Richard Nerysoo was born in 1953 at a camp near the Peel River in the Northwest Territories.
From an early age, Nerysoo was attracted to advocating for Indigenous rights in Canada. After the 1969 White Paper was released, that advocated for the end of the Indian Act, along with growing oil and gas exploration in the North, Indigenous activism increased across Canada.
The National Indian Brotherhood was formed, along with the Native Council of Canada. In 1969, the Indian Brotherhood of the Northwest Territories was formed. Six years later, Nerysoo became the vice-president of the Indigenous Brotherhood of the Northwest Territories.
When its president resigned, Nerysoo was made acting president. As he was still only 22, it was felt he did not have the experience to hold the position. He stepped down after a few months.
The same year that Nerysoo took on the acting president role, he testified as part of the Mackenzie Valley Pipeline Inquiry. He advocated for the declaration of Indigenous identity during the inquiry. He said,
“It is very clear to me that it is an important and special thing to be an Indian. Being an Indian means being able to understand and live with this world in a very special way.… It means saying the land is an old friend and an old friend your father knew, your grandfather knew, indeed your people always have known.… We see our land as much, much more than the white man sees it. To the Indian people, our land really is our life. Without our land we cannot or we could no longer exist as people…. If your people ever take our land, you will be taking our life.”
Partly due to Nerysoo, the Indigenous People of the north began to stop using the term Indian, and instead refer to themselves as Dene.
The report resulted in a 10-year moratorium on the building of the pipeline so that all Indigenous land claims could be settled prior to construction.
Nerysoo was first elected to the Northwest Territories Legislature in 1979, becoming the youngest MLA in the history of the Northwest Territories at that point. He easily defeated Lawrence Firth, a contractor from Fort McPherson, 224 votes to 123.
He became the Minister of Energy and Resources soon after.
As an MLA in the early-1980s, he played a critical role in the negotiations over the Canadian Constitution, ensuring that the rights of the Indigenous Peoples in the North were not ignored. This resulted in the preservation of Indigenous rights in Section 35 of the Charter of Rights and Freedoms.
Stephen Kakfwi, who later became premier of the Northwest Territories, said,
“Mr. Nerysoo was instrumental in securing those amendments.”
Upon his relection in 1983, he became the third premier of the territory, but also the first Indigenous person to serve in the role, the first native-born premier of the Northwest Territories and the youngest premier in Canadian history.
Nerysoo was a strong supporter of the Northwest Territories becoming a province during his time as premier.
When the federal government made French an official language of the Territories, Nerysoo did not raise a protest over it as he hoped to use French as a bargaining tool to get more money for Indigenous Peoples language programs.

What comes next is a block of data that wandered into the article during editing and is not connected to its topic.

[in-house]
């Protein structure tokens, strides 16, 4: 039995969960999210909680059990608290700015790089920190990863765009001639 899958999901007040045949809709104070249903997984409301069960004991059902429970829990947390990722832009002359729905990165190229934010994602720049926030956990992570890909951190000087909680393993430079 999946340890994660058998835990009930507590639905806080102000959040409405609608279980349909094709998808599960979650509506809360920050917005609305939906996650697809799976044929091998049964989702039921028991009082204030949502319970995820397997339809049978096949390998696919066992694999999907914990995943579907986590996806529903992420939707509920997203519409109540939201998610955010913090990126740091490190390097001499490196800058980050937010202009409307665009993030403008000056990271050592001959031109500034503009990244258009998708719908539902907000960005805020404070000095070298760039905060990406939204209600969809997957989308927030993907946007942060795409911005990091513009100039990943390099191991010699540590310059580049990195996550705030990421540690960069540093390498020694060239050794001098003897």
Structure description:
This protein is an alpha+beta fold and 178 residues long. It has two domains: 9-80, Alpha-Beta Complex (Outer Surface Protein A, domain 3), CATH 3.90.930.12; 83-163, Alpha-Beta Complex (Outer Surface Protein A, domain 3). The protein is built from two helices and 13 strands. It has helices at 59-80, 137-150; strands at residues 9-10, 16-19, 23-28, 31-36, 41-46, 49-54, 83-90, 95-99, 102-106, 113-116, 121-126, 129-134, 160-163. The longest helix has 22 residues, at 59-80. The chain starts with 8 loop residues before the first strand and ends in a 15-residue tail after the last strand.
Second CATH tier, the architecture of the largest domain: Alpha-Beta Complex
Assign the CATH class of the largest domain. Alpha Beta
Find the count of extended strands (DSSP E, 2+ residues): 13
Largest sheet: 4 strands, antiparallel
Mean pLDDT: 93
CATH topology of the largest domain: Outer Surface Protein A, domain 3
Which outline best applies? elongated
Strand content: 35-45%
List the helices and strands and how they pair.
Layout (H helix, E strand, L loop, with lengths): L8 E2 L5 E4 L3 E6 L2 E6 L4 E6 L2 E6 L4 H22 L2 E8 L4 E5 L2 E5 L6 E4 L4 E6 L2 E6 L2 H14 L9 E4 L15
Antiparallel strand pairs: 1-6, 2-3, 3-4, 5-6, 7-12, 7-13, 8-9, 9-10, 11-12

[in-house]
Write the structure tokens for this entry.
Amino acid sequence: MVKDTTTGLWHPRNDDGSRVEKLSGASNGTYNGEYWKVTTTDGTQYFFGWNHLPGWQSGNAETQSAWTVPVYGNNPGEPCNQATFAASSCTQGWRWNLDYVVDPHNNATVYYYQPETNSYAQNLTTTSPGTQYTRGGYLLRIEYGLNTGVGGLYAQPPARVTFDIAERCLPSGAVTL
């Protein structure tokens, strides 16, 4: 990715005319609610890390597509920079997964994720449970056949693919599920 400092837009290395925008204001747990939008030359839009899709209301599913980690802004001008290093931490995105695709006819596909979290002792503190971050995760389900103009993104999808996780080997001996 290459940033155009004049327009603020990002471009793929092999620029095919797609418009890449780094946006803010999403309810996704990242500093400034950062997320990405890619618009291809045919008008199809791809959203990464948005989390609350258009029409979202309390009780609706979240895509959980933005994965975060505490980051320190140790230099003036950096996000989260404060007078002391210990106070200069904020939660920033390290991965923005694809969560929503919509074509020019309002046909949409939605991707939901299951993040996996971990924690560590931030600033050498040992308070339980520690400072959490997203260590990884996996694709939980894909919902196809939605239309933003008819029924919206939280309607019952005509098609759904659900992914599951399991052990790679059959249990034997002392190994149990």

In 1985, his time as premier ended. The end came after Richard Nerysoo and Nellie Cournoyea angered many members of the Legislature over the proposed boundary to divide the Northwest Territories. The 24 members voted in a secret ballot and Nerysoo lost his post as premier, while Cournoyea lost her post as renewable resources minister. Both Indigenous ministers were replaced by white members of the Legislature.
During Expo 86, Nerysoo was a strong supporter of getting the view of the Northwest Territories in the outside world away from the stereotypical ice and snow. His government spent $6 million on a pavilion. When talking to a group of Expo officials and politicians he said.
“We are not just a land of ice and snow.”
Nerysoo was reelected in the 1987 territorial election.
On Oct. 19, 1989, Nerysoo was elected as the first Indigenous Speaker of the Assembly, a role he kept until Nov. 13, 1991. In that role, he penned an essay for the Canadian Parliamentary Review opposing changes in the Meech Lake Accord. He wrote that it would,
“allow any and every province to prevent the Northwest Territories and Yukon from becoming provinces. The amendment will also give all provinces a role in the theoretical extension of existing provinces into territories.”
In 1991, Nerysoo was once again elected to the Legislature.
Nerysoo’s time as an MLA ended when he lost in the 1995 territorial election against David Krutko.
Upon his loss, Nerysoo became president of the Gwich’in Tribal Council in 1996, serving until 2000. In that role, he oversaw the management and implementation of the Gwich’in Land Claims Agreement that granted the Gwich’in 24,000 square kilometres of land.
He was one of the founding Directors of the Aboriginal Pipeline Group. This organization represents Indigenous people in the Northwest Territories to maximize the economic and other benefits of the Mackenzie Valley pipeline.
In 2003, he was elected as the chief of the Inuvik Native Band, serving until 2008. He was also the chief negotiator on the Access and Benefits Agreements with Imperial Oil Ltd. as part of the Mackenzie Gas Project.
In that role, he advocated for conservation when it came to hunting caribou herds. He said,
“We have to be disciplined about the way we harvest. We have to realize that has to change.”
Information from Canadian Encyclopedia, Indspire, Whitehorse Daily Star, Wikipedia, Northwest Territories News, Vancouver Sun,